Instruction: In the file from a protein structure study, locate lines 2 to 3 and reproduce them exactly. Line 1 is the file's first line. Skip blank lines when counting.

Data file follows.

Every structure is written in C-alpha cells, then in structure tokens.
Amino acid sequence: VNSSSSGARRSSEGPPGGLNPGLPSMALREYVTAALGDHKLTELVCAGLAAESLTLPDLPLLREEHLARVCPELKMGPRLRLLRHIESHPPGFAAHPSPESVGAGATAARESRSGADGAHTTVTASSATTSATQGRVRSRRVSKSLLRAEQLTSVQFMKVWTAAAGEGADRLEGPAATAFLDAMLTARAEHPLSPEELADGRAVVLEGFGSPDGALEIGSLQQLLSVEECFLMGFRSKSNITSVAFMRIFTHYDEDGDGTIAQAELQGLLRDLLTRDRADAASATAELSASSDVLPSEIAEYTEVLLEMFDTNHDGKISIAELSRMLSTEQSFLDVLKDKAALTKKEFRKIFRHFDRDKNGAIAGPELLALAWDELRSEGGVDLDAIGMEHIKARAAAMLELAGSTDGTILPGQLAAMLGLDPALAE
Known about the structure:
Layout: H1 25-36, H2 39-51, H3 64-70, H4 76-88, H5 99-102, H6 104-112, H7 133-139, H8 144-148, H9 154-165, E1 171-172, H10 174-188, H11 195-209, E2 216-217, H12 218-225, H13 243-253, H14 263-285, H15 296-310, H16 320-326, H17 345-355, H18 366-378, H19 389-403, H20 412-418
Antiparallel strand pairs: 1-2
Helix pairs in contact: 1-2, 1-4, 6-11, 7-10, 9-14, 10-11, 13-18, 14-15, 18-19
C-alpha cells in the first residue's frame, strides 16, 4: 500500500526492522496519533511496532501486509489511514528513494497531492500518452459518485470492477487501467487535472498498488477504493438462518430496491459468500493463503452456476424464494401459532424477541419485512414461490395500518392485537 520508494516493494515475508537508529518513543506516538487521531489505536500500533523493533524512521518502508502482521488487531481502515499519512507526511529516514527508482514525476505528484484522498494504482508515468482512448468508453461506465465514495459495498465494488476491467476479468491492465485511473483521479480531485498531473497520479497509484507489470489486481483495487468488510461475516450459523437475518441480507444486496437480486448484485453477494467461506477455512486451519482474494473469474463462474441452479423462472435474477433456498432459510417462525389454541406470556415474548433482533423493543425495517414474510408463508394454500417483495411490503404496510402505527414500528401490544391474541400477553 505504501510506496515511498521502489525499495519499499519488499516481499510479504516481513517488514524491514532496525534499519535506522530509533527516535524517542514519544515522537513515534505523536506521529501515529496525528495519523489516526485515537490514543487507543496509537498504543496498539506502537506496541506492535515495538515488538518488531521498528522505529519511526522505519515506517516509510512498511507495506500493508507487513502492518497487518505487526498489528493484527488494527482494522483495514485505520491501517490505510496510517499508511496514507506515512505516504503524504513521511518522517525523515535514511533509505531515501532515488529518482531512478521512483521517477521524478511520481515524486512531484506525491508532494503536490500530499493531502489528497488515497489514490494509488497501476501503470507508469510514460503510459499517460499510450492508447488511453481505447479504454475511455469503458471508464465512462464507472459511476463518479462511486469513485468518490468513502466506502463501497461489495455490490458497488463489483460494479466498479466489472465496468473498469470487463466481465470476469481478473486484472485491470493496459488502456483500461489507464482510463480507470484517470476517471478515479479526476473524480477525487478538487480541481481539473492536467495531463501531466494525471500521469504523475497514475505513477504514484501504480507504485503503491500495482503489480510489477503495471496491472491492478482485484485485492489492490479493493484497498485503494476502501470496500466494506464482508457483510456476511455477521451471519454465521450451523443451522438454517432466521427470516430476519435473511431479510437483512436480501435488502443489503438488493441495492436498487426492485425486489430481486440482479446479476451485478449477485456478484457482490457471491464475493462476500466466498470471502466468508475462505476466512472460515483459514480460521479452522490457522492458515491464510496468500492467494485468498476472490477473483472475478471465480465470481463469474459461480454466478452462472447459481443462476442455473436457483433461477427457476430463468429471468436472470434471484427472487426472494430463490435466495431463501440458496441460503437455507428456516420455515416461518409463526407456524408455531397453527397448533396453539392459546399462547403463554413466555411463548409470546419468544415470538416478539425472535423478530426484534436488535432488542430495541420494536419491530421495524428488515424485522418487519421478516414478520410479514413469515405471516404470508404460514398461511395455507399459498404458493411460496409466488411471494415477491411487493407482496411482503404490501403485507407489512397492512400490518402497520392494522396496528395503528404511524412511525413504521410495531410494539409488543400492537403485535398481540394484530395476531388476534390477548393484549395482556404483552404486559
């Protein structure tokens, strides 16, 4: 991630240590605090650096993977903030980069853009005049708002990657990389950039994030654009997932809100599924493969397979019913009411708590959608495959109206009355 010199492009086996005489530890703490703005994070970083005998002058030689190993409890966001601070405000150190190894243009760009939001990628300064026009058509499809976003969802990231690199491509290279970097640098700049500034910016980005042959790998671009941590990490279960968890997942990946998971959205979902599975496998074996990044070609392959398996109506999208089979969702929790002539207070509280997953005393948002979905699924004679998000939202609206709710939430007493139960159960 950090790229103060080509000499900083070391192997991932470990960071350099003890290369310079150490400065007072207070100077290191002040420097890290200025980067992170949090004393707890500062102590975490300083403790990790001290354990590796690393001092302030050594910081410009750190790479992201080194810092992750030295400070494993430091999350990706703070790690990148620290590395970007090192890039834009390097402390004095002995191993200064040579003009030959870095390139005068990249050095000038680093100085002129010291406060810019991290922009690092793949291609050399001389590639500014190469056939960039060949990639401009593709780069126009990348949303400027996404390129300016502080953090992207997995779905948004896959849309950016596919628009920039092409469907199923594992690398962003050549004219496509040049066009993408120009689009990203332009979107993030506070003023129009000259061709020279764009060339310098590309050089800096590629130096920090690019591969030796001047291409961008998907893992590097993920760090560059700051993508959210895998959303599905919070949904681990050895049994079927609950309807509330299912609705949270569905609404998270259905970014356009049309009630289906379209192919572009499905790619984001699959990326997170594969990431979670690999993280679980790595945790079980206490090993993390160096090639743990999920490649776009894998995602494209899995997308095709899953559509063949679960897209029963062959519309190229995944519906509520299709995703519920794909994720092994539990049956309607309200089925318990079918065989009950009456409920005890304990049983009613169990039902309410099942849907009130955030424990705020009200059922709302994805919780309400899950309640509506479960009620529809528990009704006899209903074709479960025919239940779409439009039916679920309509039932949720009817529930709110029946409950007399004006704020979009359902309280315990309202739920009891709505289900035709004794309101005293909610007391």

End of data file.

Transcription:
Amino acid sequence: VNSSSSGARRSSEGPPGGLNPGLPSMALREYVTAALGDHKLTELVCAGLAAESLTLPDLPLLREEHLARVCPELKMGPRLRLLRHIESHPPGFAAHPSPESVGAGATAARESRSGADGAHTTVTASSATTSATQGRVRSRRVSKSLLRAEQLTSVQFMKVWTAAAGEGADRLEGPAATAFLDAMLTARAEHPLSPEELADGRAVVLEGFGSPDGALEIGSLQQLLSVEECFLMGFRSKSNITSVAFMRIFTHYDEDGDGTIAQAELQGLLRDLLTRDRADAASATAELSASSDVLPSEIAEYTEVLLEMFDTNHDGKISIAELSRMLSTEQSFLDVLKDKAALTKKEFRKIFRHFDRDKNGAIAGPELLALAWDELRSEGGVDLDAIGMEHIKARAAAMLELAGSTDGTILPGQLAAMLGLDPALAE
Known about the structure: